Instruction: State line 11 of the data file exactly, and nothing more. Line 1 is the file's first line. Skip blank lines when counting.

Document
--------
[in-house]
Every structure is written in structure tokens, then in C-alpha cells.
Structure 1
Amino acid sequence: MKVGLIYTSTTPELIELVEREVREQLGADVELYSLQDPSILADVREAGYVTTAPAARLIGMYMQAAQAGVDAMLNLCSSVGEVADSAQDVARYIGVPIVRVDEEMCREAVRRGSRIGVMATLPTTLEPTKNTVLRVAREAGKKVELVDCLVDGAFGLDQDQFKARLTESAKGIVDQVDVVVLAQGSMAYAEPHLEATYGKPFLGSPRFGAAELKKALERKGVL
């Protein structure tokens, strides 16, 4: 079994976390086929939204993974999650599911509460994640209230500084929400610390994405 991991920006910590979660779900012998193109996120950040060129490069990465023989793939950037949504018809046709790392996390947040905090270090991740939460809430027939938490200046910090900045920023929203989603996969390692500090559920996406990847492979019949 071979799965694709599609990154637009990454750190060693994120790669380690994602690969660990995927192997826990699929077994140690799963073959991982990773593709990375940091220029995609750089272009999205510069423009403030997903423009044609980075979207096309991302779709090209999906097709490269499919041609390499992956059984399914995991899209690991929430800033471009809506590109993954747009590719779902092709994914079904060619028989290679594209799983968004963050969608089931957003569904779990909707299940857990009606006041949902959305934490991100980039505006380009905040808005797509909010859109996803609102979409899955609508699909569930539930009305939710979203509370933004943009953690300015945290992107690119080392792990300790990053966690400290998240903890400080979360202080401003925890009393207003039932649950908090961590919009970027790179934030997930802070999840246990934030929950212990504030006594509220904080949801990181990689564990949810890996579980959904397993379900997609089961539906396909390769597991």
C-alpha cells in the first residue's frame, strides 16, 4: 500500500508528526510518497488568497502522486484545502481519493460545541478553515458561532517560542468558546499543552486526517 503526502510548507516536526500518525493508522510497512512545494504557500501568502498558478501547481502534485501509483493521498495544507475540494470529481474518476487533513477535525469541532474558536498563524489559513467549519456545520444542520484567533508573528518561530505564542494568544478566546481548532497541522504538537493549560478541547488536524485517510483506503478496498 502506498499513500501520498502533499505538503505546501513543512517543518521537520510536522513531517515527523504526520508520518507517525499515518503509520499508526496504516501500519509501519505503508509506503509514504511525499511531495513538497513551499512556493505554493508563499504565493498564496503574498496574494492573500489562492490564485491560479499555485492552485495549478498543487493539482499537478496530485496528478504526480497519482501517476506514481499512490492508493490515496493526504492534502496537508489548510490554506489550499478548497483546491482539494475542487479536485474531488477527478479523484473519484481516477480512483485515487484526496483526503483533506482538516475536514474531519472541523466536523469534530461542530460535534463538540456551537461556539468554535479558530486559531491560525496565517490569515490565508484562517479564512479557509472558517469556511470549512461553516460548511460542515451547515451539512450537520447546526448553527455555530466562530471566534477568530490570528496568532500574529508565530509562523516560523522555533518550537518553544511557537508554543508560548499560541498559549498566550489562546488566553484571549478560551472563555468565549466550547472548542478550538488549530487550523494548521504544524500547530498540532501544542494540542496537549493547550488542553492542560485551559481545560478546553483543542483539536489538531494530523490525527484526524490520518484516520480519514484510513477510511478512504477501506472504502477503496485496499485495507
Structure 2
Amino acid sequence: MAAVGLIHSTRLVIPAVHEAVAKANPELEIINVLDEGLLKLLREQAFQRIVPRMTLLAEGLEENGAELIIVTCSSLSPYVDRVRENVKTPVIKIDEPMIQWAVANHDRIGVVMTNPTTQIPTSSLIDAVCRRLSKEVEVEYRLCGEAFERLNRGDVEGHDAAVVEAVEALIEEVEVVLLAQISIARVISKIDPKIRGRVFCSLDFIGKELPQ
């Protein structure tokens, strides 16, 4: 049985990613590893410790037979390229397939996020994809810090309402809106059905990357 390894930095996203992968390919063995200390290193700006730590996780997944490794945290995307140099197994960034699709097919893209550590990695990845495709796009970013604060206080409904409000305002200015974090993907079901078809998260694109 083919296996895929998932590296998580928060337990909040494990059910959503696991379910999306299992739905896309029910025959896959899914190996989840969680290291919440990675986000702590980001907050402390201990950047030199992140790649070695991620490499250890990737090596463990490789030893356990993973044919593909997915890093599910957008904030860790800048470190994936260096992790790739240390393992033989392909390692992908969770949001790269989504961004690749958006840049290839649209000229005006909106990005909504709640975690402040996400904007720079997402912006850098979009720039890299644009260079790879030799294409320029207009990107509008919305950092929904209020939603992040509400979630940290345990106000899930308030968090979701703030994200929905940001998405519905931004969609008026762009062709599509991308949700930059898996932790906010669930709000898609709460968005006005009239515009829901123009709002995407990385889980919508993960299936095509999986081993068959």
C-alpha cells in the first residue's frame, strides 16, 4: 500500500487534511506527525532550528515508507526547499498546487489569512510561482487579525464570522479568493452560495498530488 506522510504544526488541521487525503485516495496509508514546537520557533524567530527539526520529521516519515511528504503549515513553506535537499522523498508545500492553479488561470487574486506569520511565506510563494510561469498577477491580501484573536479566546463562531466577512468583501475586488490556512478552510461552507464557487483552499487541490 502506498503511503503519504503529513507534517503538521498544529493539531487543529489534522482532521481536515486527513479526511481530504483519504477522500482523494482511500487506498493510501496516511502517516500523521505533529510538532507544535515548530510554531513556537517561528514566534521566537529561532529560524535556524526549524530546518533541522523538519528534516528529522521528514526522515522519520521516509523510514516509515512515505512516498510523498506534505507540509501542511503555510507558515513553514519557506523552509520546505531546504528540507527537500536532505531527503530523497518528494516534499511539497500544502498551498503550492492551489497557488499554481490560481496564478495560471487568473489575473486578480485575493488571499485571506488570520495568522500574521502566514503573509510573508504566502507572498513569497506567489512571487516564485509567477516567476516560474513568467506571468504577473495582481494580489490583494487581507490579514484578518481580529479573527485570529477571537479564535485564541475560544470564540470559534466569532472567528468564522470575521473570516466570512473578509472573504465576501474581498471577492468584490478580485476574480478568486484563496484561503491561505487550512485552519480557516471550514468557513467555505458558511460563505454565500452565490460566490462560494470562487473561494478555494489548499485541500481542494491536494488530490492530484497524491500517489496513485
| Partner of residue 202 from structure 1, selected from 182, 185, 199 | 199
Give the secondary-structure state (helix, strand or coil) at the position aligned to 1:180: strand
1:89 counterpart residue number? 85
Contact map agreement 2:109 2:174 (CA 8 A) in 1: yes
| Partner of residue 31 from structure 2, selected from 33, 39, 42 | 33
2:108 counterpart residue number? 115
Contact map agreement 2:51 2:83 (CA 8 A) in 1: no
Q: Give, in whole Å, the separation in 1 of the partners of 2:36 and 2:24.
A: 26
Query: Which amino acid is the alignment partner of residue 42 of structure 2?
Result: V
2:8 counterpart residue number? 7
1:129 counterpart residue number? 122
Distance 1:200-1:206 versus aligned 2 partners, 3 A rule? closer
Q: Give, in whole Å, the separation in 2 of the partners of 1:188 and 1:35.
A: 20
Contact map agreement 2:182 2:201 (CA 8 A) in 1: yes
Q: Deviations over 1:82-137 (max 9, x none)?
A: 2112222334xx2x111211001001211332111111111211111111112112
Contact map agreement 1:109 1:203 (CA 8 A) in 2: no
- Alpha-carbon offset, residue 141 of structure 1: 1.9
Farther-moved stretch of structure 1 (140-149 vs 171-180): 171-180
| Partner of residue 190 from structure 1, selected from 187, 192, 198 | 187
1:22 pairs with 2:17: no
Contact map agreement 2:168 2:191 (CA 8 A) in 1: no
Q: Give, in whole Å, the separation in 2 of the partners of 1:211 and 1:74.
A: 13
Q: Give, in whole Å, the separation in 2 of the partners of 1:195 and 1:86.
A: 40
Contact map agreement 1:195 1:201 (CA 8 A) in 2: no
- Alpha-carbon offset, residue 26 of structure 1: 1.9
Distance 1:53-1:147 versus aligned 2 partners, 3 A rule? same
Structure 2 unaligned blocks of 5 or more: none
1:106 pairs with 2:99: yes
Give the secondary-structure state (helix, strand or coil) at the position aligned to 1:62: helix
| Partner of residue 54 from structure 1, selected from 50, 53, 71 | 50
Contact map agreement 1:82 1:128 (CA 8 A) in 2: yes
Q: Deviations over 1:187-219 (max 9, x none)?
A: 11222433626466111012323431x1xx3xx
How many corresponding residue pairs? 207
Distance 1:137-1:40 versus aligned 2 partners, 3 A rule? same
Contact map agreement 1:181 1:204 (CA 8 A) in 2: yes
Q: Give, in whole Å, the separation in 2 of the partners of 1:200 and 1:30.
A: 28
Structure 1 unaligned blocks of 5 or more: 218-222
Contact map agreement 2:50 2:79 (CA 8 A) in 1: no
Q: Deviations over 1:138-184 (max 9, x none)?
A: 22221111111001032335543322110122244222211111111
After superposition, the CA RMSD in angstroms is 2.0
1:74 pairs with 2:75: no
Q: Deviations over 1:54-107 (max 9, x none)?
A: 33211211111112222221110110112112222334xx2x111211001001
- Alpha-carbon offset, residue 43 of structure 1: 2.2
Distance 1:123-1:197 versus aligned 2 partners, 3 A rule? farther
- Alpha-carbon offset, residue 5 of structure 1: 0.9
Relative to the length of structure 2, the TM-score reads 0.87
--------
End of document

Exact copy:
| Partner of residue 202 from structure 1, selected from 182, 185, 199 | 199